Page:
To the extent described thus far, the drawer guide 10 is known and it can be concluded that drawer guides of the kind described, on account of the three-point arrangement of the rolling bodies in the form of the rollers 20 and the balls 22 displaceably held on the guide rail 12 will not only run easily and withstand heavy loading, but will have a high transverse stability even in the fully outdrawn position, so that drawers mounted in a cabinet with a pair of such drawer guides will have no marked horizontal free play even in the fully extended state.
When, however, the drawer guides have no free play and it is assumed that the guide rail 12 is fixedly screwed to the cabinet side wall and the runner rail 14 is fastened as rigidly as possible by means of the above-mentioned pin and the hook 26, it will be necessary to have a relatively precise coordination of the horizontal transverse dimensions of the drawer with the clear horizontal width measured between the inner surfaces of the side walls of the cabinet, because if they are not precisely coordinated the drawer guide would not be installable or at least not without the aid of spacing means or shims to equalize the dimensional errors. Slight departures from the specified dimensions, however, can occur on the one hand due to manufacturing inaccuracies and on the other hand due to changes of the originally correct dimensions by working the material of the cabinet or drawer by drying out or by the absorption of atmospheric humidity. The drawer guide 10 is therefore modified in comparison with the known drawer guides of the kind described herein such that the runner rail 14 can shift from the normal position shown in FIG. 2a relative to the guide rail 12 in the manner represented in FIGS. 2b and 2c, without thereby resulting in a reduction of the transverse stability in the fully outdrawn position. For this purpose the shaped marginal portion 28 of the guide rail provided with the spatially offset races created by shaping the free margin of the second limb of the guide rail 12 is shaped such that the upper race 30 supporting the rows of rollers 20 is not planar but has the convex curvature shown in FIGS. 2a to 2c, so that the rocking or tilting of the runner rail 14 relative to the guide rail 12 as shown in FIGS. 2b and 2c is possible. The races 32 for the balls 22, which are formed on both sides under the race 30 in the marginal area 28 have a hollowed or concave cross section, although the radius of the hollow is greater than the radius of the balls 22, at least in the areas adjoining the race area over which the balls 22 run laterally when the runner rail and guide rail are in normal alignment. Therefore it is possible that the balls 22, in the event of the tilting of the runner rail 14 relative to the guide rail as mentioned and as represented in the drawings, can shift out of the normal alignment with its races 32, shown in FIG. 2a into the laterally adjoining areas. It can furthermore also be seen from the drawing FIG. 2 that the hook 26 fixing the one end of the runner rail 14 to the drawer is laterally offset corresponding to the tilting movement of the runner rail so that, therefore, to this extent a changed position of the runner rail with respect to the bore in the drawer that accommodates the hook 26 results if the runner rail assumes one of the canted positions represented. If now care is taken to see that the front fastening of the runner rail 14 to the drawer undergoes a similar shift of the runner rail relative to the actual point of fastening to the drawer when it tilts, it is clear that horizontal differences of the transverse dimensions of the drawer and cabinet wall can be compensated by canting the runner rail 14 on the marginal area 28 of the guide rail 12. The above-described fastening of the front part of the runner rail to the drawer by means of a laterally projecting tongue having an upwardly projecting pin likewise permits a canting of the runner rail if the tongue is made sufficiently resilient.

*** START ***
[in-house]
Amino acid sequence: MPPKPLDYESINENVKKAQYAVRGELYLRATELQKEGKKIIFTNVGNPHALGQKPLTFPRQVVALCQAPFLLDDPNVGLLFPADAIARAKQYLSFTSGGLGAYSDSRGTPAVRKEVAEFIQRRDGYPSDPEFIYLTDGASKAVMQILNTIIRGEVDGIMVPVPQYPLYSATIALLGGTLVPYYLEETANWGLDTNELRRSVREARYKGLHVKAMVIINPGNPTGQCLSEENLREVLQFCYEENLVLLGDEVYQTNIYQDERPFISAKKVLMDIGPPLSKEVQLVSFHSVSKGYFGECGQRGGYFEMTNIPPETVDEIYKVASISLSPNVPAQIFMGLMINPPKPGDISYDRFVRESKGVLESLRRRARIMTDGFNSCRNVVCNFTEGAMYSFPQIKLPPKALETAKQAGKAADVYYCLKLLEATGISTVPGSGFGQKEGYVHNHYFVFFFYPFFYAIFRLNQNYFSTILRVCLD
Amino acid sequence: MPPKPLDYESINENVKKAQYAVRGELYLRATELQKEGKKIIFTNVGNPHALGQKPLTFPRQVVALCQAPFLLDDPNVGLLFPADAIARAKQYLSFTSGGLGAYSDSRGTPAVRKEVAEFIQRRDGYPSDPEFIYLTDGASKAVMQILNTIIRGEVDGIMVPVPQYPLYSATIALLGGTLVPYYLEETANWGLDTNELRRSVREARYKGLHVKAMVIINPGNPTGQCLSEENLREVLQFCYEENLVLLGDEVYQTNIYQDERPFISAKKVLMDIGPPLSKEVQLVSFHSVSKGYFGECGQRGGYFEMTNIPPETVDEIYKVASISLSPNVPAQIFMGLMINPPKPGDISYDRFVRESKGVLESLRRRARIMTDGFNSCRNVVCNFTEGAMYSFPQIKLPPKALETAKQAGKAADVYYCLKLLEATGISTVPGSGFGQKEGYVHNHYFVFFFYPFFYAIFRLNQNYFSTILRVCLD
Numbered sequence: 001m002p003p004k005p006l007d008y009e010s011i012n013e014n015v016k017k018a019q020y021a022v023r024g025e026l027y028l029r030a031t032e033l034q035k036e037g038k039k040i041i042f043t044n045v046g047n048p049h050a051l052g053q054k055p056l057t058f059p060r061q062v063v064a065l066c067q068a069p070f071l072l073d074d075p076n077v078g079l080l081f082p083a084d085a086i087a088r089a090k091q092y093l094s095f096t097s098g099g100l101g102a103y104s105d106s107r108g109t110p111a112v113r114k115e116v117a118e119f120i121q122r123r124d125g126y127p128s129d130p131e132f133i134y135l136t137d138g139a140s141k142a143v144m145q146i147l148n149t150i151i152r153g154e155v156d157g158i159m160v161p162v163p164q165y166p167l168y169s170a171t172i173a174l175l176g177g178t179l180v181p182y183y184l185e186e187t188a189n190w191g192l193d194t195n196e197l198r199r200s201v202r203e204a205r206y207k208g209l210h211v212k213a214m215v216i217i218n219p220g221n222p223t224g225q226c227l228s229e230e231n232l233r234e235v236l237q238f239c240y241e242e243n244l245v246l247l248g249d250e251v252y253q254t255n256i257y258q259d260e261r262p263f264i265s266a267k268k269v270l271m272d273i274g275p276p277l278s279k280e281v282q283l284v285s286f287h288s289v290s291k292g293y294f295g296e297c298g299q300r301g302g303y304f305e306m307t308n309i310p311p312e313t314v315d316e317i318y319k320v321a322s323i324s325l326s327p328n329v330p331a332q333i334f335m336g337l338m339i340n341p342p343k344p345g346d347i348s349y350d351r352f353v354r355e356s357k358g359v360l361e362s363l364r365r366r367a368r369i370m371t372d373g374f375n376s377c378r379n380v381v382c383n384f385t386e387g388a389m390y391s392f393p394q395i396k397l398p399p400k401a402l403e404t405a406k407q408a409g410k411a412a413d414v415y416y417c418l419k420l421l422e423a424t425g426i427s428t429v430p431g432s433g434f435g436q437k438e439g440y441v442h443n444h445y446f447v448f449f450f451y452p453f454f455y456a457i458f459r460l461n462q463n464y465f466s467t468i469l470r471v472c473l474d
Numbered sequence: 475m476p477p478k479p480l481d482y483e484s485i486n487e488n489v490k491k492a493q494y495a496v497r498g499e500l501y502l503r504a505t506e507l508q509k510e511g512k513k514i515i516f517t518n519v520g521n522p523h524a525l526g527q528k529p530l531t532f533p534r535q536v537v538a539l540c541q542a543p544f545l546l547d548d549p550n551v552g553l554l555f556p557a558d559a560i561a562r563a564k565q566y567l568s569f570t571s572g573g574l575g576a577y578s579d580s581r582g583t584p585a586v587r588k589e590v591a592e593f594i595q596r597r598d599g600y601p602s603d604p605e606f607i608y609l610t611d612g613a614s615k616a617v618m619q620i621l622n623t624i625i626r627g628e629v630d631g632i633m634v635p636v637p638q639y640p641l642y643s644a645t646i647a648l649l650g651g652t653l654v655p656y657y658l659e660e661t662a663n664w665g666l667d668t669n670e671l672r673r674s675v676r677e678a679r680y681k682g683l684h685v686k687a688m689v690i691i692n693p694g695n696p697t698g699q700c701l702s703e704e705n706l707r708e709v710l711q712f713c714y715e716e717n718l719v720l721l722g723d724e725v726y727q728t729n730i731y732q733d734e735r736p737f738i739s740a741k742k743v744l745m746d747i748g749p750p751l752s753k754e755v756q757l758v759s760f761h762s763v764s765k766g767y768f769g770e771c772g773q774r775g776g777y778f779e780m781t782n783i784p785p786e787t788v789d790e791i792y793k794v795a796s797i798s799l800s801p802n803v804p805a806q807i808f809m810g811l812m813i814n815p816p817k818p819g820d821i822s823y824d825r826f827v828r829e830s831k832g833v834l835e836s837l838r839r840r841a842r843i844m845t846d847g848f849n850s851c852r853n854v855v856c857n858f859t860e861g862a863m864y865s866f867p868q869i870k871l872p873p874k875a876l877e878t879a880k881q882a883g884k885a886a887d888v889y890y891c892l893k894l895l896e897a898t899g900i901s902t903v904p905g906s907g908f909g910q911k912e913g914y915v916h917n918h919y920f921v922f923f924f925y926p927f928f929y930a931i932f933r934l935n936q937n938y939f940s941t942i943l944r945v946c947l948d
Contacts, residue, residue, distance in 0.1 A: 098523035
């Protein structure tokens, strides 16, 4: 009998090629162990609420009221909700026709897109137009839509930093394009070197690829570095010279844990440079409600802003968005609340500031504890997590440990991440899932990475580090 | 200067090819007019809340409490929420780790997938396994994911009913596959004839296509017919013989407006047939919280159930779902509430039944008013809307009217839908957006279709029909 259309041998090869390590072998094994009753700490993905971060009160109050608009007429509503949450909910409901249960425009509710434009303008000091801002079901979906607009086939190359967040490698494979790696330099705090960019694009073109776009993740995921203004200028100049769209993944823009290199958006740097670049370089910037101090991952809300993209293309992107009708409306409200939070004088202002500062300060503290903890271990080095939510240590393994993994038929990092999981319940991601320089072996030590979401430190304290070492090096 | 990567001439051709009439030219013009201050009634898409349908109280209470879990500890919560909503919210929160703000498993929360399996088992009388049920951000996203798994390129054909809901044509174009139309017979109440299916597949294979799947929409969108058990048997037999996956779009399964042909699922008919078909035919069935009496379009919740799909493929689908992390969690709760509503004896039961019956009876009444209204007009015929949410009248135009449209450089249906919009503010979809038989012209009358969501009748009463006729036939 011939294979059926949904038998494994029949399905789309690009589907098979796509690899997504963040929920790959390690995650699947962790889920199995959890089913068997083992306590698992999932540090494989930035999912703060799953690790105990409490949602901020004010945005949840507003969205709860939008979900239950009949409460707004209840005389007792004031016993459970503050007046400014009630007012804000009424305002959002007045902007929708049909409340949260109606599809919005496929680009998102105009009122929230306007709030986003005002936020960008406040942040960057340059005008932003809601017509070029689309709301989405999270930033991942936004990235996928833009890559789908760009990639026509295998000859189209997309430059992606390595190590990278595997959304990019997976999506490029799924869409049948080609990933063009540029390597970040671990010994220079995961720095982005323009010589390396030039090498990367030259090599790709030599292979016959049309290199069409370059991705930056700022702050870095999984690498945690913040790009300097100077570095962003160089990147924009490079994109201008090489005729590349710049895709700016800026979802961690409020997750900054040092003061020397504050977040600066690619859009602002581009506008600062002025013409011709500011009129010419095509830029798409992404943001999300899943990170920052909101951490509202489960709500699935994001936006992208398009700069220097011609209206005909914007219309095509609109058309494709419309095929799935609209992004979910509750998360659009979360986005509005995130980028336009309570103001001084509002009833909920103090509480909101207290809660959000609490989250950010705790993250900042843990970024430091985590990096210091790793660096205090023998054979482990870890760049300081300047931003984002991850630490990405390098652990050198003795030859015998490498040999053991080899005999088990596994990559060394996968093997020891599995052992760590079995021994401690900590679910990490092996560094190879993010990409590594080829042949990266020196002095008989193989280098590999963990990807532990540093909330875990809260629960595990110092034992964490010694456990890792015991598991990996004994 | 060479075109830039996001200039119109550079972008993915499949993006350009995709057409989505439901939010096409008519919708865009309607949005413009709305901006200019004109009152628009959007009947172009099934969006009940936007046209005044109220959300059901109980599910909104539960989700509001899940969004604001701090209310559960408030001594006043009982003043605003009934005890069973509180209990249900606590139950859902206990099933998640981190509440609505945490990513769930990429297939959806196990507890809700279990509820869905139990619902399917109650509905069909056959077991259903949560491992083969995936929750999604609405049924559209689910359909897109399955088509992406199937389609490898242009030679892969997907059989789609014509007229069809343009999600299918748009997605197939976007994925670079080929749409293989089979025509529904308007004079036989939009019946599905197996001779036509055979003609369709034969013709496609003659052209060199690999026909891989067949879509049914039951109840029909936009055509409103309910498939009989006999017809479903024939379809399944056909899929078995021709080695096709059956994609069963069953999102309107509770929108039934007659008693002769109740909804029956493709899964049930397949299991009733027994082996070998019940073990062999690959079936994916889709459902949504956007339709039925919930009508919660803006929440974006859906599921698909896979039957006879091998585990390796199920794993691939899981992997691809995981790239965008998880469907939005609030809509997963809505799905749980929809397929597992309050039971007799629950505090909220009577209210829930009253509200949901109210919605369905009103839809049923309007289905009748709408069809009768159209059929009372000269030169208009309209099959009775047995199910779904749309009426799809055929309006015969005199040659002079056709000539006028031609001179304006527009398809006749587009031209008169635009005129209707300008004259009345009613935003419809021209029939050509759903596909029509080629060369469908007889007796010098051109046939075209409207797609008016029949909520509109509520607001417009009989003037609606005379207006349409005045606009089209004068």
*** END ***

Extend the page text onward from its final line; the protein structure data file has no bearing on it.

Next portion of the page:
In the embodiment of the drawer guide 10 described up to this point, the rollers 20 transferring the weight of the drawer from the runner rail to the guide rail 12 are in the form of rollers having a cylindrical periphery. Since the associated race 30, in contrast to the flat-surfaced race of the known drawer guides, is convexly curved in the transverse direction, the rollers 20 no longer are supported on the race 30 in a linear area running over their entire length but in a punctiform area concentrated on the middle area, which positively results in an increase of the stresses resulting from the transfer of weight between the circumferences of the rollers and the race 30. To prevent a reduced carrying capacity or life of the drawer guide resulting therefrom, either materials capable of withstanding greater loads can be provided for the rollers and/or the guide rail, or the surfaces rolling on one another can be given greater capacity to withstand stress, for example by hardening. It is also possible to increase the number of rollers 20 that are provided.
In FIG. 3 is shown a modified roller 20' having better load carrying ability than the rollers 20 of cylindrical circumferential surface. The circumferential surface of this roller 20' is divided into three successive portions, of which the two outer circumferential areas 36 again have the cylindrical shape, while the middle portion 38 has a cross section that is concavely curved to complement the convexly curved cross section of the race 30, so that the bearing area of the roller 20' on the race 30 is increased to the width of the area 38, with a corresponding reduction of the transferred stresses. The supporting of the roller 20' on the corresponding race of the runner rail 14 takes place, in contrast, in the area of the outer cylindrical areas 36, i.e., also with a linear contact. By an optimation of the widths of the areas 36 and 38, the carrying capacity of the roller 20 can be greatly increased above the carrying capacity of the purely cylindrical rollers 20, while retaining the possibility of the canting or tilting of the runner rail 14 on the guide rail 12.